In Good Health recently interviewed two leaders of Greater Rochester Health Foundation: president and CEO Matthew Kuhlenbeck and communications officer Tiana Flynn-Stephens. They talked about the organization, its mission, funding and racial health equity.
By Todd Etshman
Q: Please describe the Greater Rochester Health Foundation and how it operates.
Flynn-Stephens: Centered in equity, the Greater Rochester Health Foundation is on a mission to pursue and invest in solutions that build a healthier region where all people can thrive. Our mission reflects our view of health — recognizing that health outcomes are shaped by the conditions in which people live, work, learn, play and receive care — and that inequities in these determinants give rise to health disparities. In addition to our grant-making, we seek to effect change both upstream and downstream and to contribute to policy and systems changes that create more equitable access to resources, opportunities, and power.
Q: Describe where GRHF funding comes from and how it’s distributed to partners.
Flynn-Stephens: The Health Foundation was created in 2006 when the nonprofit MVP Health Plan acquired the nonprofit HMO Preferred Care. The value of Preferred Care was returned to the community through MVP’s purchase price of $232 million to create a foundation dedicated to improving the health of the Greater Rochester community, inclusive of Genesee, Livingston, Monroe, Ontario, Orleans, Seneca, Wayne, Wyoming, and Yates counties. Since its inception, the Health Foundation has acted as an independent foundation governed by a community-based board of directors and managed by a 13-member professional staff. In 2020, the Health Foundation awarded 78 new grants with a total new investment of $5.4 million and total program expenditures of $9 million. We welcomed 33 first-time grantees.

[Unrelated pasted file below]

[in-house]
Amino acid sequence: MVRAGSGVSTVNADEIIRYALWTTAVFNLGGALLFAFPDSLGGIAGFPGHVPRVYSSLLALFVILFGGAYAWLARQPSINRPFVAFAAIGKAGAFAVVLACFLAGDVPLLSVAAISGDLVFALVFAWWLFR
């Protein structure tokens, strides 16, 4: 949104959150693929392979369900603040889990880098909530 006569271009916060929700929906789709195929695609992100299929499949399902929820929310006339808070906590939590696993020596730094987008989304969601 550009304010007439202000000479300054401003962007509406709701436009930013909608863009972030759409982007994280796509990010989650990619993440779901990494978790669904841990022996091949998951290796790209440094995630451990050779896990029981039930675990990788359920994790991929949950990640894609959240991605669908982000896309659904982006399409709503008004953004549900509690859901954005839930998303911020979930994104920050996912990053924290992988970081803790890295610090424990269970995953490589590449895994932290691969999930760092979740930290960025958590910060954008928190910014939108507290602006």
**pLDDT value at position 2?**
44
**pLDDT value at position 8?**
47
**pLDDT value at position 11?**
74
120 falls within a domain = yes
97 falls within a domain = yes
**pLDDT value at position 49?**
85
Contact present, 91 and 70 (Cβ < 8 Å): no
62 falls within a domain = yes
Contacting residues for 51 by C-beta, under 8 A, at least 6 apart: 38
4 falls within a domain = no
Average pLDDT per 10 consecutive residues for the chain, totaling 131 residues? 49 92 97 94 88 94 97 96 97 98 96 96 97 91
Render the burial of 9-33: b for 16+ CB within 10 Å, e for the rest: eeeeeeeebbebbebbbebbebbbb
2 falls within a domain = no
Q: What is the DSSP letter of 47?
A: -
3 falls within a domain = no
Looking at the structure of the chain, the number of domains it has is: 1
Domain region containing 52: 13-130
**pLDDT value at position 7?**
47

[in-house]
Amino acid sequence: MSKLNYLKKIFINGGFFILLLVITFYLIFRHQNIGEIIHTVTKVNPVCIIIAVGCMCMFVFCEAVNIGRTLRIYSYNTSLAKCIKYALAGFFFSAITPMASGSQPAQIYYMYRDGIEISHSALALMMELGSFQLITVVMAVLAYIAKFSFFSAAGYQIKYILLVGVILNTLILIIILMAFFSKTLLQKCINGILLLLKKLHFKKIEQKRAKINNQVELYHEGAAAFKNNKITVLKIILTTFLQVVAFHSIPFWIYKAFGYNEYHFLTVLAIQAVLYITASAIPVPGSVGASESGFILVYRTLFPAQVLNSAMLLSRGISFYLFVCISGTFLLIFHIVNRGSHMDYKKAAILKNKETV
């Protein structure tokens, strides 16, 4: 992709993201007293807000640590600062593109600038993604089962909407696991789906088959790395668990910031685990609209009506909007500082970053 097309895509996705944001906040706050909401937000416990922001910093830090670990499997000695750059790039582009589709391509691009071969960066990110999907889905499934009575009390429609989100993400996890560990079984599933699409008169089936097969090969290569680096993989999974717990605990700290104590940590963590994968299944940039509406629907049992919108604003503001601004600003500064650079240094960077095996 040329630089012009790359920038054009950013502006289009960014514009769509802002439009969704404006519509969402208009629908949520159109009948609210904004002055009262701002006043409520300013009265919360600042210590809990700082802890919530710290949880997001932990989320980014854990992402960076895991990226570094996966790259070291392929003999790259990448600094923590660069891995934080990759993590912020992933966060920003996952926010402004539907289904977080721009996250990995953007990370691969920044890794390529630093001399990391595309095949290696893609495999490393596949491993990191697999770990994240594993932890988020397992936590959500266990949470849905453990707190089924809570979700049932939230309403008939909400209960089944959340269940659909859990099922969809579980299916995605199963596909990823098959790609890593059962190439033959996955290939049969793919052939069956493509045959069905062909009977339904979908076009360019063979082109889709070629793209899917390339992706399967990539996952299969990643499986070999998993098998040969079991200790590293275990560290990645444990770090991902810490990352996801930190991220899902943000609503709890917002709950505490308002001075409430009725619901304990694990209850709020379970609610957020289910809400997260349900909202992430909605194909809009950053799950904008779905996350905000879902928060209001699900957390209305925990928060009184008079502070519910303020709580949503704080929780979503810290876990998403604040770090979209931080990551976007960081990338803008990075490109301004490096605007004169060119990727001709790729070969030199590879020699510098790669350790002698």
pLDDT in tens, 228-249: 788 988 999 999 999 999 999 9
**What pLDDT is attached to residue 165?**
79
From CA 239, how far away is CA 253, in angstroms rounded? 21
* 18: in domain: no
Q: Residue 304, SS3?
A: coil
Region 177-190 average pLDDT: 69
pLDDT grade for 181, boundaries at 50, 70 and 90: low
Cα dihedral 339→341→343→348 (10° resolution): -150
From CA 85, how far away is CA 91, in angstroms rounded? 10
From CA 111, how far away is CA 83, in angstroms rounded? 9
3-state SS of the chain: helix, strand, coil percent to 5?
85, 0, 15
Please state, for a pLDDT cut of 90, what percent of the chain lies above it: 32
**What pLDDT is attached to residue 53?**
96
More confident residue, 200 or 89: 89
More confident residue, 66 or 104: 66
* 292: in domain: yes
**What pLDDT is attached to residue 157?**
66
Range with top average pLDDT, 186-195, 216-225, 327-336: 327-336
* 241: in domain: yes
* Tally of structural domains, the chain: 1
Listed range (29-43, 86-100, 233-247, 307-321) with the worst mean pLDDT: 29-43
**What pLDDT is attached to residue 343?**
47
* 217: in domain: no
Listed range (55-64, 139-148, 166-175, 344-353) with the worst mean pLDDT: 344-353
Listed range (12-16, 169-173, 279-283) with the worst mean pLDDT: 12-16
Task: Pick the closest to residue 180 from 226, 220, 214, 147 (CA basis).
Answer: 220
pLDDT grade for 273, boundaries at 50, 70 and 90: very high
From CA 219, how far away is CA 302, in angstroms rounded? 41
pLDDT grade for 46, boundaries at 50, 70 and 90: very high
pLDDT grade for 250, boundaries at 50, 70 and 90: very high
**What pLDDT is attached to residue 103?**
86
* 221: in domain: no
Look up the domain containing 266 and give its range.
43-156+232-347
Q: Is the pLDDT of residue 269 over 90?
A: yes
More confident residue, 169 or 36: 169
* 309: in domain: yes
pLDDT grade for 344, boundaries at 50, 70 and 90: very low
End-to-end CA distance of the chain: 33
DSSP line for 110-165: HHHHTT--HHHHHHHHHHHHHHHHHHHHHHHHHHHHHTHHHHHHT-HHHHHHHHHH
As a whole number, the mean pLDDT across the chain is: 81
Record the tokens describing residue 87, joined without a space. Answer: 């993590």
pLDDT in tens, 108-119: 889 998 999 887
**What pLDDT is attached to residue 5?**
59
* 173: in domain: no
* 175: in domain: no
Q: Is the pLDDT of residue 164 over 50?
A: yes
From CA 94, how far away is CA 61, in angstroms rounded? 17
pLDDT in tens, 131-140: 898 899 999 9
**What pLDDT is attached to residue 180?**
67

Q: Describe how GRHF works with partners and who the partners are.
Flynn-Stephens: Partnerships are a core organizational value of the Health Foundation. To live this value, we are committed to listening to and collaborating with stakeholders across communities, sectors, and differences. Some of our key partners are: ROC the Future, an alliance of 60+ leading Rochester-area institutions and community partners that promote alignment of community resources to improve the academic achievement of Rochester’s children; the Rochester/Monroe Anti-Poverty Initiative — a multi-sector community collaborative with a goal to improve quality of life by reducing poverty and increasing self-sufficiency; and the Parent Engagement Collaborative Action Network, formed in an effort to improve engagement of parents and families with all aspects of their children’s development and education.
Q: Besides the COVID-19 challenges, what are the other complex community health challenges in the nine-county service area?
Flynn-Stephens: In addition to the complex community health challenges created or amplified by COVID-19, we seek to catalyze change in: access to healthcare services, resources and supports; whole child health; poverty; lower life expectancy rates and the public health crisis of racism. Last summer, we launched a new formal effort focused on racial health equity. This work was developed from gathering ideas and insights through conversations with leaders of color who helped co-create the approach and identify areas of investment. We’ve sought to ground our Racial Health Equity work in trust, investing in grassroots and other organizations with deep community knowledge and credibility.
Q: How has COVID-19 impacted the work you were already doing?